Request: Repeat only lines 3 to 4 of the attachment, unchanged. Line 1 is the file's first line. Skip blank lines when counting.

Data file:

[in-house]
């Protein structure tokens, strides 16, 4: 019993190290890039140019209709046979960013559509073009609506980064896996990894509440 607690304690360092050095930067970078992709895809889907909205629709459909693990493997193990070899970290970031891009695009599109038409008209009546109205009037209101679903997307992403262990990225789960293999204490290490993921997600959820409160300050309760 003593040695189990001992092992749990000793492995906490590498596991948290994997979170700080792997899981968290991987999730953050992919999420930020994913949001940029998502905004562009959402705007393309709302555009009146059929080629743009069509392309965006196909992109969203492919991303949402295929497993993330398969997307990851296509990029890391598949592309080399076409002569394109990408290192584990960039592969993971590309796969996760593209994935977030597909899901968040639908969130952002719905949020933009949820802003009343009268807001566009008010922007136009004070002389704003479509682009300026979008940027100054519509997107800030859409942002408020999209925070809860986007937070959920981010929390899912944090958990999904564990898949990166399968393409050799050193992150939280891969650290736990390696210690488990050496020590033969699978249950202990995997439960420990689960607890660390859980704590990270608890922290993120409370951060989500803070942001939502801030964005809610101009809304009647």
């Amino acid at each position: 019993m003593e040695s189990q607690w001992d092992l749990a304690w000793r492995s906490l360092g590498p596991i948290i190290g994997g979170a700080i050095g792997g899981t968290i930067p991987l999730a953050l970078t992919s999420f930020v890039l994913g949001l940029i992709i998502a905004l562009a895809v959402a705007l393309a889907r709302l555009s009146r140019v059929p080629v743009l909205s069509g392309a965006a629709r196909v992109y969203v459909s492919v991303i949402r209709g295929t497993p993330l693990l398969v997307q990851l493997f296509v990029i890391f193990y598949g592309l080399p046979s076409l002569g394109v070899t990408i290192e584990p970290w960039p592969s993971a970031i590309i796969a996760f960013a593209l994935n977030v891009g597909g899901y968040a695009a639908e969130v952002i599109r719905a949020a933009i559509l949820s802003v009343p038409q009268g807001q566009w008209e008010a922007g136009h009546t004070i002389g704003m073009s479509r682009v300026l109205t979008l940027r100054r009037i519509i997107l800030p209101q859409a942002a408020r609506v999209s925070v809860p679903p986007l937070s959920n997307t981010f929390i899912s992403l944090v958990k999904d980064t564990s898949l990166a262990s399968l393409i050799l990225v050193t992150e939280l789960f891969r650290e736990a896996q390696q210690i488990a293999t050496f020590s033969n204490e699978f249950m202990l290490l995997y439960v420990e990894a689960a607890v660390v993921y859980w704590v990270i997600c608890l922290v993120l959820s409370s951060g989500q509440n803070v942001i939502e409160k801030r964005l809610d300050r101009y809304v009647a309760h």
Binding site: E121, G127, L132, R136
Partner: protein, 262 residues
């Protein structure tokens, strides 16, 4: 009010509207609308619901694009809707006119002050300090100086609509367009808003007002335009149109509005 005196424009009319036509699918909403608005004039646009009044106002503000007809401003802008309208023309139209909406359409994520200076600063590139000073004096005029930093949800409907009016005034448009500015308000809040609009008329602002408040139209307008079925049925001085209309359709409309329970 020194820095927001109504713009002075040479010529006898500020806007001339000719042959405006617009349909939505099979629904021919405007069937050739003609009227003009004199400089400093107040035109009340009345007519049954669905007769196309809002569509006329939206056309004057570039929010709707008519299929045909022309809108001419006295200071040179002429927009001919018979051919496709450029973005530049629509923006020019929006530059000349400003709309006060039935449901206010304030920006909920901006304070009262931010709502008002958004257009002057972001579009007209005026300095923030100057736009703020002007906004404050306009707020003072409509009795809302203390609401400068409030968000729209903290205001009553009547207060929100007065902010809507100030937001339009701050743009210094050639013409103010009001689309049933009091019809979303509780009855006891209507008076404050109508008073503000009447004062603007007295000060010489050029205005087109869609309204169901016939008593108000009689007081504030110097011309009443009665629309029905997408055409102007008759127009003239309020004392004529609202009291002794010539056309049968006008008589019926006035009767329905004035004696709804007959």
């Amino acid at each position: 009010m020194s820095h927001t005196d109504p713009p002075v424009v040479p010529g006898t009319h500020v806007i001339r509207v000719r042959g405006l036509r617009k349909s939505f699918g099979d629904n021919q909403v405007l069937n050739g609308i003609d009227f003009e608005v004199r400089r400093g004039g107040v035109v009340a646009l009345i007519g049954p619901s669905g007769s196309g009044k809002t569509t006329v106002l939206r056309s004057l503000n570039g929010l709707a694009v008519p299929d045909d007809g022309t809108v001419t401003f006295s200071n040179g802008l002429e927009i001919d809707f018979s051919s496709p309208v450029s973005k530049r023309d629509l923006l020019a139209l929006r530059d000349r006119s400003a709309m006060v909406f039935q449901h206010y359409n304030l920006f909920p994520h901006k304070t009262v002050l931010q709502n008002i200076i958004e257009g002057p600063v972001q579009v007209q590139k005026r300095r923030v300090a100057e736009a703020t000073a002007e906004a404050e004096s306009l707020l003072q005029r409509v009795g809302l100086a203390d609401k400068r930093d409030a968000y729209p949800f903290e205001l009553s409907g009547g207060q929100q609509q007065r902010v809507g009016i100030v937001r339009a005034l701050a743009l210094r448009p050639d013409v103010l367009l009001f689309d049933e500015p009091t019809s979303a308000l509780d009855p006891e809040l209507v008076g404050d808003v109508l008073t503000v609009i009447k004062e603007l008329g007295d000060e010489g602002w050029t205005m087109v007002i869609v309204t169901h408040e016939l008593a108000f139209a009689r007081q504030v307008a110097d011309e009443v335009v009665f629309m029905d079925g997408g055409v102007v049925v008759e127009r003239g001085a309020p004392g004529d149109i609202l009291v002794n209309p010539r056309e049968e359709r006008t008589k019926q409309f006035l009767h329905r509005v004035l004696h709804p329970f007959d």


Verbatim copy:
């Amino acid at each position: 019993m003593e040695s189990q607690w001992d092992l749990a304690w000793r492995s906490l360092g590498p596991i948290i190290g994997g979170a700080i050095g792997g899981t968290i930067p991987l999730a953050l970078t992919s999420f930020v890039l994913g949001l940029i992709i998502a905004l562009a895809v959402a705007l393309a889907r709302l555009s009146r140019v059929p080629v743009l909205s069509g392309a965006a629709r196909v992109y969203v459909s492919v991303i949402r209709g295929t497993p993330l693990l398969v997307q990851l493997f296509v990029i890391f193990y598949g592309l080399p046979s076409l002569g394109v070899t990408i290192e584990p970290w960039p592969s993971a970031i590309i796969a996760f960013a593209l994935n977030v891009g597909g899901y968040a695009a639908e969130v952002i599109r719905a949020a933009i559509l949820s802003v009343p038409q009268g807001q566009w008209e008010a922007g136009h009546t004070i002389g704003m073009s479509r682009v300026l109205t979008l940027r100054r009037i519509i997107l800030p209101q859409a942002a408020r609506v999209s925070v809860p679903p986007l937070s959920n997307t981010f929390i899912s992403l944090v958990k999904d980064t564990s898949l990166a262990s399968l393409i050799l990225v050193t992150e939280l789960f891969r650290e736990a896996q390696q210690i488990a293999t050496f020590s033969n204490e699978f249950m202990l290490l995997y439960v420990e990894a689960a607890v660390v993921y859980w704590v990270i997600c608890l922290v993120l959820s409370s951060g989500q509440n803070v942001i939502e409160k801030r964005l809610d300050r101009y809304v009647a309760h």
Binding site: E121, G127, L132, R136